“I feel I am not,” returned Henry, gaily. “My heart is light, and my mind nearly free of care. In fact, every thing looks a thousand times brighter than they did yesterday."

“Sae muckle for the daein's o' love," rejoined the other. “ What 8 thing it maun be to lose a sweetheart and get her back again!"

“Nay," said Henry, with a sigh; “you forget that she had ceased to be my sweetheart ere she was lost. She is only my sister, you know."

· Fiddledidee! As if the warmest love can ever cool doon into mere sisterly affection! Dinna tell me that, Henry, lad. She's as muckle yer sweetheart as e'er she was.'

"I fear you are right," answered the youth, with another sigh. "I do indeed love her as ardently as ever; but fate has forbidden our union. We can be in reality to each other only as brother and sister."

" Houts! wha kens? But gang ben and tell Andrew that the breakfast's ready

Henry did as he was requested. He gently opened the door, and, looking in, saw the benevolent face of the old man lying upon the pillow in all the serenity of sleep. Henry stood and gazed at the calm, placid countenance, over which straggled a few grey hairs, reminding him that the snows of many years had passed over the head before him, and left their trace behind. Furrows, too, were on the cheek, ploughed there not by passion, but by the same slow, silent hand; but amid these evidences of decay, the counte nance was covered with a better bloom—the bloom of hupe and faith—a bloom which he knew would never fade, but, emerging from the invaded and conquered grave, would blossom out into full and perfect radiance in the garden of immortality.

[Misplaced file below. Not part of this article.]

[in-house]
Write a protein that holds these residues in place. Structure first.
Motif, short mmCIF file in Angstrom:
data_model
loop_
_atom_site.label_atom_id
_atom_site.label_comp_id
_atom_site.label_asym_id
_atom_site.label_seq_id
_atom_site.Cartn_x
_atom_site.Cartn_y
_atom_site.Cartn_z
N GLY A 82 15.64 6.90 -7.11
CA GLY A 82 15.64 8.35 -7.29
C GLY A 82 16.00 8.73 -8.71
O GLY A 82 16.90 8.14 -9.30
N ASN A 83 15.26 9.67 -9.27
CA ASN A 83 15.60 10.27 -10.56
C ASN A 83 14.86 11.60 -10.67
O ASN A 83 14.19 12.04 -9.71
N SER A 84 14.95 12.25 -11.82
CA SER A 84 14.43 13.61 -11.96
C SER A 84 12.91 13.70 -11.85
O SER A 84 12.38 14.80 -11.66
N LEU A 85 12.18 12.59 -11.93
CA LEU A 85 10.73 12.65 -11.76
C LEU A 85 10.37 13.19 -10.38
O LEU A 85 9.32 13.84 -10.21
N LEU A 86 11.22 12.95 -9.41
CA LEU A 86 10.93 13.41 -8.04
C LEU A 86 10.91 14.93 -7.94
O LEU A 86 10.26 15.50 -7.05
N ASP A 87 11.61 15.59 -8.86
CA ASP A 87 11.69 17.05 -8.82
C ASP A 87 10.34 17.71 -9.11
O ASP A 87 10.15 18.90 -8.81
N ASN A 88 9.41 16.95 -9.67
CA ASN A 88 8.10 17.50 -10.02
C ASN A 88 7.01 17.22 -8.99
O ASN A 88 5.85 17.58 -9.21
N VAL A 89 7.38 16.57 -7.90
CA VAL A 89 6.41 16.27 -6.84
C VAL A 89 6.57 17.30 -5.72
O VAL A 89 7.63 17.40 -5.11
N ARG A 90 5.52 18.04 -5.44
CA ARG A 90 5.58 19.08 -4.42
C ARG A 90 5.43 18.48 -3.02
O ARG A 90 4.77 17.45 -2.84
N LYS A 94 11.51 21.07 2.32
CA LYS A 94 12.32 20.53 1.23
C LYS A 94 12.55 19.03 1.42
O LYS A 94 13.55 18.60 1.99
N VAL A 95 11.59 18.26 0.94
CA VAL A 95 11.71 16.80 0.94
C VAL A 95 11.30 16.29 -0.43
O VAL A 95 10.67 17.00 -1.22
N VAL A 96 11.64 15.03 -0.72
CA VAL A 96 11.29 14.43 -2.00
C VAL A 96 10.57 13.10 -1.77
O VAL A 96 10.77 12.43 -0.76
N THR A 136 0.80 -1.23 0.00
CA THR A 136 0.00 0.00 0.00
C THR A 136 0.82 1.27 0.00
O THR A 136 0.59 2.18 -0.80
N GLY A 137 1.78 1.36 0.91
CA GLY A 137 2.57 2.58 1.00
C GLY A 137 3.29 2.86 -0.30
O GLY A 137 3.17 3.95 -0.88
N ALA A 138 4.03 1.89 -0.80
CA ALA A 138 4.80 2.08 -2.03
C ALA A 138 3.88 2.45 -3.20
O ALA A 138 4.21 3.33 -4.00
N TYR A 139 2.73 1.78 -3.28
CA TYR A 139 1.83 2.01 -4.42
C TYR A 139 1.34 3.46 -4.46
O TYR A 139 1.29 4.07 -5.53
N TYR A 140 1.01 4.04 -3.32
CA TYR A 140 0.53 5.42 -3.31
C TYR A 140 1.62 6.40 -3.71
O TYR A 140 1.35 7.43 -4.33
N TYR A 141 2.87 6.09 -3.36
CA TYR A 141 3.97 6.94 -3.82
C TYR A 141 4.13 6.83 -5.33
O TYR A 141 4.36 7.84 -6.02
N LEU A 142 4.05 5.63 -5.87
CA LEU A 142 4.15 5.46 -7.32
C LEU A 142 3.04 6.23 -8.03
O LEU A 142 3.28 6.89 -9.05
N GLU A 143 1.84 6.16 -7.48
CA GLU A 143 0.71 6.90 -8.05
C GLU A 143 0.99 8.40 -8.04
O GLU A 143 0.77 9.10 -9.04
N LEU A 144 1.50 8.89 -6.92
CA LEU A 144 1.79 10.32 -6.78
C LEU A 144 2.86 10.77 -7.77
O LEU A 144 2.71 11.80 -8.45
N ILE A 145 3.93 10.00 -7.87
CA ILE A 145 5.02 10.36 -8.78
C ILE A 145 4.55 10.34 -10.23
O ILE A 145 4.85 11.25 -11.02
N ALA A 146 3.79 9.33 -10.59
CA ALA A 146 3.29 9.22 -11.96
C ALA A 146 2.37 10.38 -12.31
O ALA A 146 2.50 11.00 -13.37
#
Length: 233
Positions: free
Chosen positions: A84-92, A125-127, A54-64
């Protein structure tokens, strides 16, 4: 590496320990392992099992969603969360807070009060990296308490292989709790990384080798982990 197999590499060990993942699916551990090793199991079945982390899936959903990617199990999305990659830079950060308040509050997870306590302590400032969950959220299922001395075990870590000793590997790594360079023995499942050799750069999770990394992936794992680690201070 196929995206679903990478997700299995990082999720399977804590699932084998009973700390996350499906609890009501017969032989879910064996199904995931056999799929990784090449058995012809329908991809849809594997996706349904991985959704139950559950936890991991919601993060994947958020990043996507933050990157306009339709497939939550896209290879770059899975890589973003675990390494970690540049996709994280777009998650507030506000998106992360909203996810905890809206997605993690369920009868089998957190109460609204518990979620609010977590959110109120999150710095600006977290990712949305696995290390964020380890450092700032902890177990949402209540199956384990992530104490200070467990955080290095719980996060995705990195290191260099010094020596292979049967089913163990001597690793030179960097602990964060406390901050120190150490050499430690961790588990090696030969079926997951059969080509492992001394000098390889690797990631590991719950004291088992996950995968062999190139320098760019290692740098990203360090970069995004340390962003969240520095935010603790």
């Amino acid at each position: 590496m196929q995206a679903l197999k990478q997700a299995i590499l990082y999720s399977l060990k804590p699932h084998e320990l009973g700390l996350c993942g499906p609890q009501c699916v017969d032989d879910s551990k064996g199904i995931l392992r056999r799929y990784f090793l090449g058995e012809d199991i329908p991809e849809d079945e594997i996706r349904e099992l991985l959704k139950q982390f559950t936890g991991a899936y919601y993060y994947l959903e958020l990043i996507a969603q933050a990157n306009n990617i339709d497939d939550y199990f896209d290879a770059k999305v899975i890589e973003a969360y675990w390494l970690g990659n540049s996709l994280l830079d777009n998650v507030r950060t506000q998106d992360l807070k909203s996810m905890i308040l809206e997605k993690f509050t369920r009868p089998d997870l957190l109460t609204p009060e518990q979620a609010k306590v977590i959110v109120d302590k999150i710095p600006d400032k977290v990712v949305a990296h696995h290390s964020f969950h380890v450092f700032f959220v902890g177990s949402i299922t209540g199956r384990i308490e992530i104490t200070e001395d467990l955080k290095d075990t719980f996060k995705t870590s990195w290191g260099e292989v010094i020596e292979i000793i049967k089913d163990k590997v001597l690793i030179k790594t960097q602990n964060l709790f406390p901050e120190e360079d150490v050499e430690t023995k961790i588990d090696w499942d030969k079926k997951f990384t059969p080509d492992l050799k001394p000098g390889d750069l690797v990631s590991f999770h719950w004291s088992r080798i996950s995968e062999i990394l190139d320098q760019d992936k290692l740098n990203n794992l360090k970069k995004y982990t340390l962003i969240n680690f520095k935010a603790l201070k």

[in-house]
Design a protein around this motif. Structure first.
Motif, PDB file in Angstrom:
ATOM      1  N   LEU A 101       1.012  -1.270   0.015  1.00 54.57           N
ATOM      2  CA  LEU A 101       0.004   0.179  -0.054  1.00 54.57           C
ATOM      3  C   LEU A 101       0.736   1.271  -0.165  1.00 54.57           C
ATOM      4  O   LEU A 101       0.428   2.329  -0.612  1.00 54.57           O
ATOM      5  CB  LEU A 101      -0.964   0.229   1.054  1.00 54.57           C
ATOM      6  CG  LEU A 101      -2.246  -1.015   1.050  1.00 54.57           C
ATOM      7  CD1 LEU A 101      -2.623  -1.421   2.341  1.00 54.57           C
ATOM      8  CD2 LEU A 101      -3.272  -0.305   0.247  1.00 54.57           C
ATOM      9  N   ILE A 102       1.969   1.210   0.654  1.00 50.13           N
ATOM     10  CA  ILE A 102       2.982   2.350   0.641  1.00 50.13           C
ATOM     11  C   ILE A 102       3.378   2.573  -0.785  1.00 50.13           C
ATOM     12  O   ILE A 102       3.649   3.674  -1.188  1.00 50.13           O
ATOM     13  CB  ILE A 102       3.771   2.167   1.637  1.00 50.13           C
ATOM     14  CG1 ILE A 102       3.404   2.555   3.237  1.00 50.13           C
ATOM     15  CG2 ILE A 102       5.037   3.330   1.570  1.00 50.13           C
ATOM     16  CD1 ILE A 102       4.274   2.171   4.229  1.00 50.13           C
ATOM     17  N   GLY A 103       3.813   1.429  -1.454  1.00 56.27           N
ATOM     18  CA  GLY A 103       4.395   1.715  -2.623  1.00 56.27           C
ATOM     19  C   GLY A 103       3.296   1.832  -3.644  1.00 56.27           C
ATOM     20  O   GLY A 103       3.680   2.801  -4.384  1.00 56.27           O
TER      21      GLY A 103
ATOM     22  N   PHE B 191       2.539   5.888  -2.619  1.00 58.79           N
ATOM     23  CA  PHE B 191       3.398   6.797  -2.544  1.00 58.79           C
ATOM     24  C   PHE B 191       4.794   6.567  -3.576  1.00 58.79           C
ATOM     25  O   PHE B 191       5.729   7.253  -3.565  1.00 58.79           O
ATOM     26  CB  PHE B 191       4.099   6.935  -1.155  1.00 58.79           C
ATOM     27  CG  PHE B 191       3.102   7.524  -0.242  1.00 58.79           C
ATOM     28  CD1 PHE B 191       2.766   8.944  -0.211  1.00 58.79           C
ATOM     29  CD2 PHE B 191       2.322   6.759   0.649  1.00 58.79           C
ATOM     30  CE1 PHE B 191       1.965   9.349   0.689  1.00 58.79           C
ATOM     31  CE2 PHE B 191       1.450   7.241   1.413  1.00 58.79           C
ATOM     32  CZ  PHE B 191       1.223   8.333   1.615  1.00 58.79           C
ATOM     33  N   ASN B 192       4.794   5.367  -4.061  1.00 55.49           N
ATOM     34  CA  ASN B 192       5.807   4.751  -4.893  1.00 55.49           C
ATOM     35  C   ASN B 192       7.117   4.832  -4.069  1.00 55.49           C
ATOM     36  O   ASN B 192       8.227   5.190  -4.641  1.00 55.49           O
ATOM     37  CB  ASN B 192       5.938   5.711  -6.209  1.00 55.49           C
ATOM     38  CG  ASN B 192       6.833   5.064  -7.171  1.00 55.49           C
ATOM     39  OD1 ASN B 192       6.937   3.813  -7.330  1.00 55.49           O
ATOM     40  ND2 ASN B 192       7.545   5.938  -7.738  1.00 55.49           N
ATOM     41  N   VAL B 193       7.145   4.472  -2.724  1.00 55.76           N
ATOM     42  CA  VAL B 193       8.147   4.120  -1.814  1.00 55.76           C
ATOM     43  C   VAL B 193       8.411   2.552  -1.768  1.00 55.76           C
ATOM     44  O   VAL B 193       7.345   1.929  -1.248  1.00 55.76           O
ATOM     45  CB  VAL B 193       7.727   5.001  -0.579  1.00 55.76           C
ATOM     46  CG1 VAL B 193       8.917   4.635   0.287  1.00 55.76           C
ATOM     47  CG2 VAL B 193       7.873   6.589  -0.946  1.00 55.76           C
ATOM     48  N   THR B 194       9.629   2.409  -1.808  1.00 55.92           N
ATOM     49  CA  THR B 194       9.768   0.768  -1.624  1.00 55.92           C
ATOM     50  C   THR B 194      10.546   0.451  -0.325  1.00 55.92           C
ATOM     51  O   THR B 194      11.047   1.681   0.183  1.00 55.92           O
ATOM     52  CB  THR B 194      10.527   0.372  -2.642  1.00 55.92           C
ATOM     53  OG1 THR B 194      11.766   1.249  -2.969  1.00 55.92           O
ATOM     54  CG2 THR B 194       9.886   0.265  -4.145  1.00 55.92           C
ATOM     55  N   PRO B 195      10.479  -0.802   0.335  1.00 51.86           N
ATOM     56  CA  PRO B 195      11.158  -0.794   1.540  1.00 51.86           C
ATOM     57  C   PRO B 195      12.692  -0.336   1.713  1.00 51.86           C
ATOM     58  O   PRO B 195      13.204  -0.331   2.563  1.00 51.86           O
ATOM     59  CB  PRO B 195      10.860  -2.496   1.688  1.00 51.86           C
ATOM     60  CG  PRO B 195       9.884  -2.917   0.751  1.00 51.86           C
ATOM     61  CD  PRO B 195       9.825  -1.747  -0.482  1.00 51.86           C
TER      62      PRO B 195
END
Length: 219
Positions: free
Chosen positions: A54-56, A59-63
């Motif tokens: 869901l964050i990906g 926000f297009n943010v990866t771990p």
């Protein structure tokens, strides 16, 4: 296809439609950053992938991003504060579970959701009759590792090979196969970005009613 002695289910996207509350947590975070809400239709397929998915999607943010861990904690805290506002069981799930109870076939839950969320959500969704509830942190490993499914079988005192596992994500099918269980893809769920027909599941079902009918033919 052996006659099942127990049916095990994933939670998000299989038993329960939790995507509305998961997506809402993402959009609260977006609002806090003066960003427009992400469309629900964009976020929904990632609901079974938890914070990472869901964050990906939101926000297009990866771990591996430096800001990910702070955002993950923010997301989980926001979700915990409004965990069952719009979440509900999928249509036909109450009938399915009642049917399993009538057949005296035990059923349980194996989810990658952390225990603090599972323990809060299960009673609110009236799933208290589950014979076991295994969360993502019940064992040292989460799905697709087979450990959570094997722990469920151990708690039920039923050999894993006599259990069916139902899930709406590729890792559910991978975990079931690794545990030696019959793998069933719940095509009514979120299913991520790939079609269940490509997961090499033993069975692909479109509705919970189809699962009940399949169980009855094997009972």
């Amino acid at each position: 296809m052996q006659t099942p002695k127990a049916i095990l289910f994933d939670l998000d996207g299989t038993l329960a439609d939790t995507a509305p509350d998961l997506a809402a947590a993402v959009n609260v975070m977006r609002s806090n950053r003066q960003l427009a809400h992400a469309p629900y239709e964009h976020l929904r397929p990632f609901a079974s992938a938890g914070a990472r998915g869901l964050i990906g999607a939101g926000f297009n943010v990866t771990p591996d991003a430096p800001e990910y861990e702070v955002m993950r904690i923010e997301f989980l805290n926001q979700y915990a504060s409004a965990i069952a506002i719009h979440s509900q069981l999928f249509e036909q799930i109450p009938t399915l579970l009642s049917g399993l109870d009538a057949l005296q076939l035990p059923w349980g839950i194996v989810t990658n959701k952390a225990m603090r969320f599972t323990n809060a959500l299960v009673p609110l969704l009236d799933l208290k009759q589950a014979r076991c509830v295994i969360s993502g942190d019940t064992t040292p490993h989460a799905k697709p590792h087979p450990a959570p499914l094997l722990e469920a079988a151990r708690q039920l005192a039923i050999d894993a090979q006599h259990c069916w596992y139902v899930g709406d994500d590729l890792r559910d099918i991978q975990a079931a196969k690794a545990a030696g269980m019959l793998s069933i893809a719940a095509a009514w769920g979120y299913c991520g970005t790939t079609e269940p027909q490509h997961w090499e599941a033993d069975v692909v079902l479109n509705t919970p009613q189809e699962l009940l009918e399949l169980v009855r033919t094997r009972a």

"Good old man!" murmured Henry, as he looked. life be like thine; and if I am spared to reach thy years, your joy and peace

shall then be mine." Presently the slumberer stirred, as if about to awake, and the young man stept behind the curtains, through an opening of which he could behold unseen.

Andrew. opened his eyes, and looked in bewilderment at the objects before him.

" Losh preserve us! where am 1?" he ejaculated, rising to his elbow, and looking in amazement round the apartment.

6. This is no my hoose. Diamond, lassie, are ye there?

Henry popped his face round the curtains, and laughed.

“Oho! I mind where I am noo," said the old man, whipping off his nightcap, and tossing it at Henry. “It's time I was up, I fancy. Man, what a soond sleep I hae gotten! And sic a saft

66 Let my